Giant Bunnies Invade H-Town

Giant 40-foot bunnies invade downtown Houston — and it's all for art's sake

Giant 40-foot bunnies invade downtown Houston — all for art's sake

Bunnies Intrude art installation 1600 Smith
Bunny gets a look at downtown Houston. Photo by Arts Brookfield
Ted Zwieg, Debra Simon, Terri Diraddo, David Robinson at Bunnies Intrude art installation 1600 Smith
From left, Ted Zwieg, Debra Simon, Terri Dirraddo and David Robinson get in the hoppy spirit. Photo by Arts Brookfield
Bunnies Intrude art installation 1600 Smith
One bunny takes shape at the Intrude art installation at 1600 Smith in downtown Houston. Photo by Arts Brookfield
Moodafaruka plays at Bunnies Intrude art installation 1600 Smith
Moodafaruka set the scene for the launch of the Intrude installation at 1600 Smith. Photo by Arts Brookfield
Bunnies Intrude art installation 1600 Smith
The bunnies will be on display through Saturday, May 14. Photo by Arts Brookfield
Bunnies Intrude art installation 1600 Smith
At least one bunny came to life despite high winds on Monday. Photo by Arts Brookfield
Amanda Parer artist Bunnies Intrude art installation 1600 Smith
Artist Amanda Parer and one of her bunnies in a file photo. Courtesy photo
Bunnies Intrude art installation 1600 Smith
Bunnies on display at a previous installation. Courtesy photo
Bunnies Intrude art installation 1600 Smith
Giant bunnies are coming to downtown Houston this week. Courtesy photo
Bunnies Intrude art installation 1600 Smith
Bunnies enjoy the great outdoors. Courtesy photo
Bunnies Intrude art installation 1600 Smith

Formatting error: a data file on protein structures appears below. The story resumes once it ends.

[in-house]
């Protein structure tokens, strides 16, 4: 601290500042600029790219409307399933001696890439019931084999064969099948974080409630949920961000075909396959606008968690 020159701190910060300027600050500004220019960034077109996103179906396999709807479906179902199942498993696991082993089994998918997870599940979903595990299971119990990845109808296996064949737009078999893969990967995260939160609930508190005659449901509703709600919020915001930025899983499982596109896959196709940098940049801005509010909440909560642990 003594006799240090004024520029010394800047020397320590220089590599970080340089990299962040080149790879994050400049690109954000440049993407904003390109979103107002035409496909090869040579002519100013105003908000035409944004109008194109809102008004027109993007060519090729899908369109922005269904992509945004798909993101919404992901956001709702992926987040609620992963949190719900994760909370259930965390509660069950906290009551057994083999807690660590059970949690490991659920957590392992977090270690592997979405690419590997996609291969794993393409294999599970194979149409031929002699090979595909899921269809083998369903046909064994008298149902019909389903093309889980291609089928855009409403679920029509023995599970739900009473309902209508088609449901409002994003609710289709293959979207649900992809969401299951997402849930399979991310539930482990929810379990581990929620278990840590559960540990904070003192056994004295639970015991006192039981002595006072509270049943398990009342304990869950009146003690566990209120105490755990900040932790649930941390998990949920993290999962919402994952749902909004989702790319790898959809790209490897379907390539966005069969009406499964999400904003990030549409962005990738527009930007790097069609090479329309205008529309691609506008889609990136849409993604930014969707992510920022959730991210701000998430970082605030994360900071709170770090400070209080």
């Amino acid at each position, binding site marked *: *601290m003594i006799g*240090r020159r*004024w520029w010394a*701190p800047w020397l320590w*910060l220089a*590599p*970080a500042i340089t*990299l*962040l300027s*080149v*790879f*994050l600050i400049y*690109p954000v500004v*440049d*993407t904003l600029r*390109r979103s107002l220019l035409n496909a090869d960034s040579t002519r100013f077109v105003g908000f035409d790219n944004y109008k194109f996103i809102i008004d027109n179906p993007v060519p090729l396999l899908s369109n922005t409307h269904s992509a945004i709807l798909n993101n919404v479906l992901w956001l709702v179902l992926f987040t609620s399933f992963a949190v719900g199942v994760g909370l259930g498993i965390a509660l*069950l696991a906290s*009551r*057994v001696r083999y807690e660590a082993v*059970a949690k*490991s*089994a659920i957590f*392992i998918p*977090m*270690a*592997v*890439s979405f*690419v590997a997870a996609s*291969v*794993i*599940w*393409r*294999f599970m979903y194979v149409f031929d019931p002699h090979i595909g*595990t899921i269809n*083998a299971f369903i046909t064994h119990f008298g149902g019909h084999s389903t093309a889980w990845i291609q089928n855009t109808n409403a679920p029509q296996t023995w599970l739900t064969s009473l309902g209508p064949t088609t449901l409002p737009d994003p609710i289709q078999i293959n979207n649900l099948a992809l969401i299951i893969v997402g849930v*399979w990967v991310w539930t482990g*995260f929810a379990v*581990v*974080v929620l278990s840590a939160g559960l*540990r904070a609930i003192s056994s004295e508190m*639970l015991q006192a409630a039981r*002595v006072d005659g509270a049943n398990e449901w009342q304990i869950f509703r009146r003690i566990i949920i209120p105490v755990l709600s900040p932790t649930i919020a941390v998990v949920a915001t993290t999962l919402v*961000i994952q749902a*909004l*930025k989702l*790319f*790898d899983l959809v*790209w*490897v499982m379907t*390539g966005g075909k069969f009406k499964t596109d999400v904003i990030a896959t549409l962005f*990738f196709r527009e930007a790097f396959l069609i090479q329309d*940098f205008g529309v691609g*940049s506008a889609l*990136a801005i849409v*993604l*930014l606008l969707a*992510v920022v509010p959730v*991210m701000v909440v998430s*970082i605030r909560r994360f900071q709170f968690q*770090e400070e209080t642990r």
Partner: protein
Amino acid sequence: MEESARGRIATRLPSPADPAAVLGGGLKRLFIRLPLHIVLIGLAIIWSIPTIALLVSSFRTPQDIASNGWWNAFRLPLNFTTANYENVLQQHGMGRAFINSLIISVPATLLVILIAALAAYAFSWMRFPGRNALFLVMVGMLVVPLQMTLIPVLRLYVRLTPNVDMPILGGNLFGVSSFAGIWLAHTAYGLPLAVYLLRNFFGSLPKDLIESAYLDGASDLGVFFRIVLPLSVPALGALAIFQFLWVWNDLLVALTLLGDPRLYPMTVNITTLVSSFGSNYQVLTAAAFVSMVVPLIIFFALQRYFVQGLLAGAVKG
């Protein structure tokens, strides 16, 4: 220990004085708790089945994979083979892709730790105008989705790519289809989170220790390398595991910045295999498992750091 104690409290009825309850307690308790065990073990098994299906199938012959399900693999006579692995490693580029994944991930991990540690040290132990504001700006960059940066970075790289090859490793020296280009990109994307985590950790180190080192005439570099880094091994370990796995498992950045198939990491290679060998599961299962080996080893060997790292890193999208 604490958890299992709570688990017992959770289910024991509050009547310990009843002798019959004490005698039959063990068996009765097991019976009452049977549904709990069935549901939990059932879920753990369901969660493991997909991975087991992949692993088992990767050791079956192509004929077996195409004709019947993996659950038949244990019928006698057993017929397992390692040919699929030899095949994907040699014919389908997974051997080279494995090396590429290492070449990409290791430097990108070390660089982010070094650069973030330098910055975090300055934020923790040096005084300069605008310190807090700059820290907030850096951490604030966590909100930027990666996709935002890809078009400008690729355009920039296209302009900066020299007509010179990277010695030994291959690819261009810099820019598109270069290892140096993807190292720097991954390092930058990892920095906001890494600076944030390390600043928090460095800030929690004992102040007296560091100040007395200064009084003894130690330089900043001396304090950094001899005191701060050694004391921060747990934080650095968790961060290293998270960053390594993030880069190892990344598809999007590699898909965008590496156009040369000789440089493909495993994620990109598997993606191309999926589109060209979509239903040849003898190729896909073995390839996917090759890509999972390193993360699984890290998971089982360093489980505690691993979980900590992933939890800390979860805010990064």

Ted Zwieg, Debra Simon, Terri Diraddo, David Robinson at Bunnies Intrude art installation 1600 Smith
Bunnies Intrude art installation 1600 Smith
Moodafaruka plays at Bunnies Intrude art installation 1600 Smith
Bunnies Intrude art installation 1600 Smith
Bunnies Intrude art installation 1600 Smith
Amanda Parer artist Bunnies Intrude art installation 1600 Smith
Bunnies Intrude art installation 1600 Smith
Bunnies Intrude art installation 1600 Smith
Bunnies Intrude art installation 1600 Smith

A dreary Monday morning turned sunnier in downtown Houston as an acclaimed public art installation by Australian artist Amanda Parer emerged on the lawn in front of the 1600 Smith Street skyscraper.

Titled Intrude, the installation features monumental sculptural rabbits, each sewn in white nylon, inflated and internally lit. Once the Houston exhibit is completed, it will include five original bunny sculptures and two giant rabbits, each rising more than two-stories in height, which were commissioned by Arts Brookfield, the cultural arm of the global real estate corporation.

Due to heavy winds, only two bunnies could be inflated on Monday during a ceremony attended by such notables as Houston City Council member David W. Robinson, Arts Brookfield vice president and artistic director Debra Simon, Brookfield vp of operations Ted Zwieg, and Brookfield manager of arts and events Terri Diraddo — all wearing bunny glasses for the occasion.

Organizers are hopeful the other rabbits can rise on Tuesday. The bunnies, part of a four-city national tour and free exhibition, will be in Houston May 9-14. The bunnies will be inflated daily at 11 am and are on display until 9 pm during their stay.

In the exhibit, Parer examines the duality of the large rabbits, which appear soft and cuddly, but in her native Australia are considered out-of-control pests that leave a trail of ecological destruction and defy all attempts at eradication.

"They represent the fairytale animals from our childhood – a furry innocence, frolicking through idyllic fields," Parer says on her website. "Intrude deliberately evokes this cutesy image, and a strong visual humor, to lure you into the artwork only to reveal the more serious environmental messages in the work. They are huge, the size referencing 'the elephant in the room,' the problem, like our environmental impact, big but easily ignored."